September – 2016

I’ve received some really powerful messages from people who have stumbled across this blog after their loved ones were diagnosed. If it weren’t for those messages I would have probably quit blogging by now. It’s really hard to pour your heart out knowing that anyone can read it..but then I get a message from someone who says that my words made a difference in their day and it reminds me why I continue to blog.  There isn’t a lot to share at this point because not much changes day to day.

We are in a very frustrating place. Mike sees his oncologist once a month for medication refills. It’s hard watching him struggle each day and knowing that I can’t do anything to improve his quality of life. On a typical day I wake up and go to sleep with the first and last words I hear being “I’m not doing good” or “My head hearts.” I wake up and walk straight to the medicine knowing he’s going to continue to repeat the same words all day. He often holds his hand on his scar and asks “What happened to me?” I can’t even put into words how deep my heart hearts knowing I can’t fix this. There’s no doctor I can reach out to who can give us hope.  I have never been tough enough to see people in pain.  I am thankful Mike is here but I wish so badly that he could have more good moments.  I wake up in the morning praying “God I can’t even get out of bed until I know you are going to get me through this day.” Before I go to sleep the prayer is usually “Thank you for today and for getting me through.”

The kids are all doing great. Our oldest is working full time and is starting classes at the local community college. I’m so proud of her for pushing through and graduating early and starting college as a teen mom.  At 17 she is one of the strongest people I know. Her baby keeps us all on our toes. She started crawling and standing at 7.5 months and hasn’t stopped moving since. Our son is doing well in high school. Our lifestyle has changed drastically since before Mike got sick. We used to be a very active family and now our days are spent mostly at home, so he spends a lot of time in his room.  He loves video games and his favorite class in school is one where he learned to program video games.  Our youngest daughter is always upside down these days since starting gymnastics last year. Any given moment that you walk into the living room she is likely to be upside down in a handstand or doing a cartwheel. She also started riding lessons recently.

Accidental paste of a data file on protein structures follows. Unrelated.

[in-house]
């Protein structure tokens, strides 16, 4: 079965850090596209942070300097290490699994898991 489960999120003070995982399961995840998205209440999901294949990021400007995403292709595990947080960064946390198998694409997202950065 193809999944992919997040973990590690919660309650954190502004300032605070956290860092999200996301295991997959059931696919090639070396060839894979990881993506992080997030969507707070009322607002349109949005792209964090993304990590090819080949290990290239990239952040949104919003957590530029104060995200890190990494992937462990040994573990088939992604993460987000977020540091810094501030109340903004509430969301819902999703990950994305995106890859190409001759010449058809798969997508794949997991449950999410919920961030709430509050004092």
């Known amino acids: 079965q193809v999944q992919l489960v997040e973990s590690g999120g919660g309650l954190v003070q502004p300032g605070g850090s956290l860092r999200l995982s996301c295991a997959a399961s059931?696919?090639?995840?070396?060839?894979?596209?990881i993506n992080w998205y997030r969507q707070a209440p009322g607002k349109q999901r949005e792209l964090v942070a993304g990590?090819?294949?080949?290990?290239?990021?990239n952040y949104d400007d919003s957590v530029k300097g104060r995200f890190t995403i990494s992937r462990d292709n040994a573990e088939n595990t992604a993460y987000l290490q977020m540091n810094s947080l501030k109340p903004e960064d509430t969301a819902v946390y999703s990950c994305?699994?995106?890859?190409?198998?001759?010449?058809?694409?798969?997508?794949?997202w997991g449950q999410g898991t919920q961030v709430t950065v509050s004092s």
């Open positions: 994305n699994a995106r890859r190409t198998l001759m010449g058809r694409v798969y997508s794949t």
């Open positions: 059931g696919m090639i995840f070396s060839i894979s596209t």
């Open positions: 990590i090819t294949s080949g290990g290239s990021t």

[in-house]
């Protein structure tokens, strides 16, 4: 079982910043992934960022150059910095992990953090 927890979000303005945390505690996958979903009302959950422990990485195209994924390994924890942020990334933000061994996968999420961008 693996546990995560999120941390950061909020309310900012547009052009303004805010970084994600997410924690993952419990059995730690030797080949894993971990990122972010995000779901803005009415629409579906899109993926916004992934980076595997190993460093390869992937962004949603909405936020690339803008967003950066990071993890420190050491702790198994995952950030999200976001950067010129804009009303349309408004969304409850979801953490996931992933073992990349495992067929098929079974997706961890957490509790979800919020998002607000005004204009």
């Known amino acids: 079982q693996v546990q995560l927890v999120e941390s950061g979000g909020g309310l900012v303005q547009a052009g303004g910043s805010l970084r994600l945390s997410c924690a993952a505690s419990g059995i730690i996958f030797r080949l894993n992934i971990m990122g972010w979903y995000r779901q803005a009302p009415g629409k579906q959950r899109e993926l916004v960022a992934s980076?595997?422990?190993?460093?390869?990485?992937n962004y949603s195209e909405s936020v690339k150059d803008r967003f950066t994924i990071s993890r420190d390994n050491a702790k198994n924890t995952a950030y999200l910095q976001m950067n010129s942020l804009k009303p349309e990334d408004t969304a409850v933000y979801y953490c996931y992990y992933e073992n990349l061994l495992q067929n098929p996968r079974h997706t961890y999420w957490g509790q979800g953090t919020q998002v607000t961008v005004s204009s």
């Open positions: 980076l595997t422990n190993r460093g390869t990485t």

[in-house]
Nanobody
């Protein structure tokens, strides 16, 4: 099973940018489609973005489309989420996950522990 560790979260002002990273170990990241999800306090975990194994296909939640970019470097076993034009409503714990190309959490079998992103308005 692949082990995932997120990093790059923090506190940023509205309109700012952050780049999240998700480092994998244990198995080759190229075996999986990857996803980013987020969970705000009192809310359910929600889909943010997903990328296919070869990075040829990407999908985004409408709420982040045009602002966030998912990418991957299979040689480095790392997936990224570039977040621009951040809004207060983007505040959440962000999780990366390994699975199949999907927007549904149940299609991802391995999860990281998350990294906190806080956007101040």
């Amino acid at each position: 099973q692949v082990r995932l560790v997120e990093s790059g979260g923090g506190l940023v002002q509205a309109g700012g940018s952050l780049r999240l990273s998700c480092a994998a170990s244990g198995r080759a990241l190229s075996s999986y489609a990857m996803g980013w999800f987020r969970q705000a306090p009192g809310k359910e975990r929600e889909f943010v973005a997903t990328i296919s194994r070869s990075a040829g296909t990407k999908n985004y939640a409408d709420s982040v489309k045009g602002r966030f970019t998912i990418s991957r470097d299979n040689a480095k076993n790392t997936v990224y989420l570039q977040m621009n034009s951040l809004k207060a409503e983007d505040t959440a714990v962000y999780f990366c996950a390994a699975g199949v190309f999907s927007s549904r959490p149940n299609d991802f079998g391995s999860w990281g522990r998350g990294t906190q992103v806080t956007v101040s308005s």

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I’m working full time from home as a LuLaRoe Consultant. I fell in love with the clothes and the company and saw it as a great opportunity to work from home. I’ve transformed our loft into what I call the LuLaRoom.  Most of my business is done online and it has been successful so far. I’ve been able to model my business focusing on customers online since I’m not able to do in person sales as much with our home situation.

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Some days I feel guilty for the time I spend on it, but I also know that our kids need me to have an established income since the future is unknown with Mike. I know that once Glioblastoma is diagnosed that it’s expected to grow back. I’m still praying for healing and restoration.

I joke about Mike’s midnight snack attack. Seriously, as soon as I feel like I can crawl into bed and get some rest, he’s up rummaging through the cabinets for food. I’ve started to really push yogurt, fruit and vegetables…he usually wants chocolate.

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Donut Friday’s are still his favorite. We can almost always get a smile out of him over a donut. I have a huge heart for giving…Mike loves donuts…I love LuLaRoe…He is back at the oncologists office he has been with since 2012…so naturally, we showed up at the last appointment with Krispy Kreme for the staff and a donation of comfortable buttery soft leggings for the infusion center patients. I’d love to take more – not only to the infusion center, but to the children’s hospital and hospice center. Being a caregiver and finding comfortable stylish clothes was a big deal for me so I would like to pass that on. I love the idea of both cancer patients and caregivers being comfortable and knowing that someone cared enough to give them a gift.  When you are in these situations, any good deed can be wind in your sales to get through another day. Just to know someone cares enough to go out of their way to do something for you. I can only give so much. There was a time I told Mike “You can’t outgive God.” He said “Yeah, but are you outgiving our bank account?!”